Author(s): Andrew O'Hagan
An unforgettable coming-of-age novel that becomes a profound meditation on life, death, and lifelong friendship.
Everyone has a Tully Dawson: the friend who defines your life. In the summer of 1986, in a small Scottish town, James and Tully ignite a brilliant friendship based on music, films and the rebel spirit.
With school over and the locked world of their fathers before them, they rush towards the climax of their youth: a magical weekend in Manchester, the epicentre of everything that inspires them in working-class Britain.
There, against the greatest soundtrack ever recorded, a vow is made: to go at life differently. Thirty years on, half a life away, the phone rings. Tully has news - news that forces the life-long friends to confront their own mortality head-on.
What follows is an incredibly moving examination of the responsibilities and obligations we have to those we love. Mayflies is at once a finely-tuned drama about the delicacy and impermanence of human connection and an urgent inquiry into some of the most important questions of all: Who are we? What do we owe to our friends? And what does it mean to love another person amidst tragedy?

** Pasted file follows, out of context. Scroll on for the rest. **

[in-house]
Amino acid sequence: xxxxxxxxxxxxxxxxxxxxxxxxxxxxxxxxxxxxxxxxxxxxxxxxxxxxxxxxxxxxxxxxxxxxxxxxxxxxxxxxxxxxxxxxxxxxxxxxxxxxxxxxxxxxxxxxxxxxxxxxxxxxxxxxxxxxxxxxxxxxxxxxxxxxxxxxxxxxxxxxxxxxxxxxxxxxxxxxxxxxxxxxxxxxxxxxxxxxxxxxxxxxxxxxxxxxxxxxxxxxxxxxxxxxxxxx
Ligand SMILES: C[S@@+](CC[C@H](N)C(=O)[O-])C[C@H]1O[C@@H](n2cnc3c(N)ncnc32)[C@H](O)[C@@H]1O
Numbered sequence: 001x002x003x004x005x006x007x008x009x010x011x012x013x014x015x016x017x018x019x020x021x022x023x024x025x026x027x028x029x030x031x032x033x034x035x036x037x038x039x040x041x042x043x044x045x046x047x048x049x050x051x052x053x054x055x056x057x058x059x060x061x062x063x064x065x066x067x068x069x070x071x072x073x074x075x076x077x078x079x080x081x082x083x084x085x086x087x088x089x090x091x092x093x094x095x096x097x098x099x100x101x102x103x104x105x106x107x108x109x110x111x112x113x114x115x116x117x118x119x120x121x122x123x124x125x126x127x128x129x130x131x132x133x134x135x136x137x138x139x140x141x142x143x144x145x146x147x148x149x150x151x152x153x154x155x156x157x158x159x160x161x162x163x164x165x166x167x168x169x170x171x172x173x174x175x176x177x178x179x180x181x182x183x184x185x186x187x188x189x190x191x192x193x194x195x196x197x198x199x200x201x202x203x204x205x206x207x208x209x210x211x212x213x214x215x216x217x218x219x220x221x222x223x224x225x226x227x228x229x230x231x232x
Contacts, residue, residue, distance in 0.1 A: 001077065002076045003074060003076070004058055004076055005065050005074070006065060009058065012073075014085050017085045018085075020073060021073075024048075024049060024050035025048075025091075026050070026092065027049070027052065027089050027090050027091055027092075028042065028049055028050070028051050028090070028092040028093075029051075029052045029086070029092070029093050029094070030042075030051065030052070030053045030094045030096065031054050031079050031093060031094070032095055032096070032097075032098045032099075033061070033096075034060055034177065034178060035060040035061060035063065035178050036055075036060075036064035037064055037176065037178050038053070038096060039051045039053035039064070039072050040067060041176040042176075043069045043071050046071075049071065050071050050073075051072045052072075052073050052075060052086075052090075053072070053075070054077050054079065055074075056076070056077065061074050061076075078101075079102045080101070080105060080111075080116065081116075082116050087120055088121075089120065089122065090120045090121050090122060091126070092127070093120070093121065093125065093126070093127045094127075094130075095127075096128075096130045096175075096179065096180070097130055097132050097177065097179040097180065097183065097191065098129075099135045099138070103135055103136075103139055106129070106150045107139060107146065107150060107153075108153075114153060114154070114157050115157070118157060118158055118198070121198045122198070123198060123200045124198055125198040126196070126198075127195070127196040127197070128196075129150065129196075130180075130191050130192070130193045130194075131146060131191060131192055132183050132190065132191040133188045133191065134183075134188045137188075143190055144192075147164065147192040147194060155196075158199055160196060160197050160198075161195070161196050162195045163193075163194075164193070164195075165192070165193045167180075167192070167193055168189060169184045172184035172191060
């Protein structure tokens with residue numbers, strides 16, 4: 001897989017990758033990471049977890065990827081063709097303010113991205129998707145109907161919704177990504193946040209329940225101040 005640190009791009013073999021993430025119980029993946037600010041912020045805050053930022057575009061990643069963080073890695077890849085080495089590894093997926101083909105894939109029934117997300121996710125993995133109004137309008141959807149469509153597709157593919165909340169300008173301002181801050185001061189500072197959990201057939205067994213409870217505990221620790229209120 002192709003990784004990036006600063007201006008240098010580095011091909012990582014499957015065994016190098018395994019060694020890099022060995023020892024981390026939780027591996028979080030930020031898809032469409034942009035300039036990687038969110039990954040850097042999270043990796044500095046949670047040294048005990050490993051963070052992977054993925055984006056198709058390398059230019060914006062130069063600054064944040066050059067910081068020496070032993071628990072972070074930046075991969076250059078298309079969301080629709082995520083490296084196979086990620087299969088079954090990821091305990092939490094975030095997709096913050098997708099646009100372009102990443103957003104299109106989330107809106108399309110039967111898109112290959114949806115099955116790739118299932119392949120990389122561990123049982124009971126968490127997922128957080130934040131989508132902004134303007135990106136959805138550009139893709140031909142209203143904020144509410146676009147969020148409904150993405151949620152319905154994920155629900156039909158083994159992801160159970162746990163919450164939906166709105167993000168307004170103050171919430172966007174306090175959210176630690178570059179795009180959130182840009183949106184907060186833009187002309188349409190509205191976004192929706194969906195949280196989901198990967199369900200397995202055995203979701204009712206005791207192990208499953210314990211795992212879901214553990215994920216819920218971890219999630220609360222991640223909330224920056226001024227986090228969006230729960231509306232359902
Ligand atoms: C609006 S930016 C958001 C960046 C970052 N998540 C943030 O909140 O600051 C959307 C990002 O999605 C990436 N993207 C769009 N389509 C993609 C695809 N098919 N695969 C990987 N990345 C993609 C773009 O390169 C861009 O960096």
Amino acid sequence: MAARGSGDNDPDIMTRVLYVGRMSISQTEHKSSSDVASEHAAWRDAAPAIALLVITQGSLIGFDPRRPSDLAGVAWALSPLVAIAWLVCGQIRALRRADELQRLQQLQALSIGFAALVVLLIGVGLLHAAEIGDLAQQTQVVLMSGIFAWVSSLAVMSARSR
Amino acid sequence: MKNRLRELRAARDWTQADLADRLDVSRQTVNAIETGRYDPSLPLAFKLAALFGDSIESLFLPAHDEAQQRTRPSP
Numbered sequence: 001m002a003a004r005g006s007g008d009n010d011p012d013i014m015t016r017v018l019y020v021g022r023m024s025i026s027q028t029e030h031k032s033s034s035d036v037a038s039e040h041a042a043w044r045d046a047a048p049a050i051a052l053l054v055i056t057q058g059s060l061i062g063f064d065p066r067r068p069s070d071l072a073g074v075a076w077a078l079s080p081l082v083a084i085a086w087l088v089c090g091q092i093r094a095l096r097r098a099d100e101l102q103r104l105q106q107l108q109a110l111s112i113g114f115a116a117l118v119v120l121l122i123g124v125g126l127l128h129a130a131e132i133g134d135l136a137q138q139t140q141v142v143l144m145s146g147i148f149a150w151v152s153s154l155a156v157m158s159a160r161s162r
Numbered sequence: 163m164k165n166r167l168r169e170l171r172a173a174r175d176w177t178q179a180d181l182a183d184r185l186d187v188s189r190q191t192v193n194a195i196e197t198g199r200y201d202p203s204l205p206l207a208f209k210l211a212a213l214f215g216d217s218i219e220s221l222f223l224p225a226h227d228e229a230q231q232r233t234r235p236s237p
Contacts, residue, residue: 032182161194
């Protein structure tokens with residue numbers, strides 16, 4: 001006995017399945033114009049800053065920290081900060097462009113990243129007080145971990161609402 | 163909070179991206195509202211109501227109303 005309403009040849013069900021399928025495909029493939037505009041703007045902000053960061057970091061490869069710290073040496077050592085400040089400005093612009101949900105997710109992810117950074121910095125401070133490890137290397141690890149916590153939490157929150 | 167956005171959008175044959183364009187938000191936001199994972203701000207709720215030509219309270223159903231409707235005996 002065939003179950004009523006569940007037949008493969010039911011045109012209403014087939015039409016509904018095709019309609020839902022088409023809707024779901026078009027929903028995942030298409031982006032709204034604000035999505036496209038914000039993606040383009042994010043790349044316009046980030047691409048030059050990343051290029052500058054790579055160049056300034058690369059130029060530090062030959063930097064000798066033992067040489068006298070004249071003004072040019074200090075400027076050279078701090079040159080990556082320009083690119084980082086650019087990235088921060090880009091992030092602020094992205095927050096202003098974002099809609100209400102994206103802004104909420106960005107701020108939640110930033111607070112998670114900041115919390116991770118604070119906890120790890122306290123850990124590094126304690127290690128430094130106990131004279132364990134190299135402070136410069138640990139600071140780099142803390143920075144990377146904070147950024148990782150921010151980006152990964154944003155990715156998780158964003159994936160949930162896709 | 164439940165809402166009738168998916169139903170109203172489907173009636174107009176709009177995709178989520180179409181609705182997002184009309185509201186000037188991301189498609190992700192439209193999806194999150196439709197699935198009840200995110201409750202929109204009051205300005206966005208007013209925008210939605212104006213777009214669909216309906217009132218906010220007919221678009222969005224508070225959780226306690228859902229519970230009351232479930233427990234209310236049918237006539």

MATILDA BOOKSHOP REVIEW
Like the best novels, Mayflies speaks to a far deeper truth within the framework of a deceptively simple story. James and Tully are Scottish malcontents and best friends, brought together by music, books and a hunger for life and experiences beyond the narrow streets. These heady days set the scene for a lifelong friendship that is disrupted only by Tully's illness. Throughout, O'Hagan's writing is almost perfect. At first the tone is joyous and uncontained, before moving an elegiac stateliness as the two friends confront the unthinkable together. I can't recommend this life-affirming, heartrending book about friendship, male or otherwise, enough. Gavin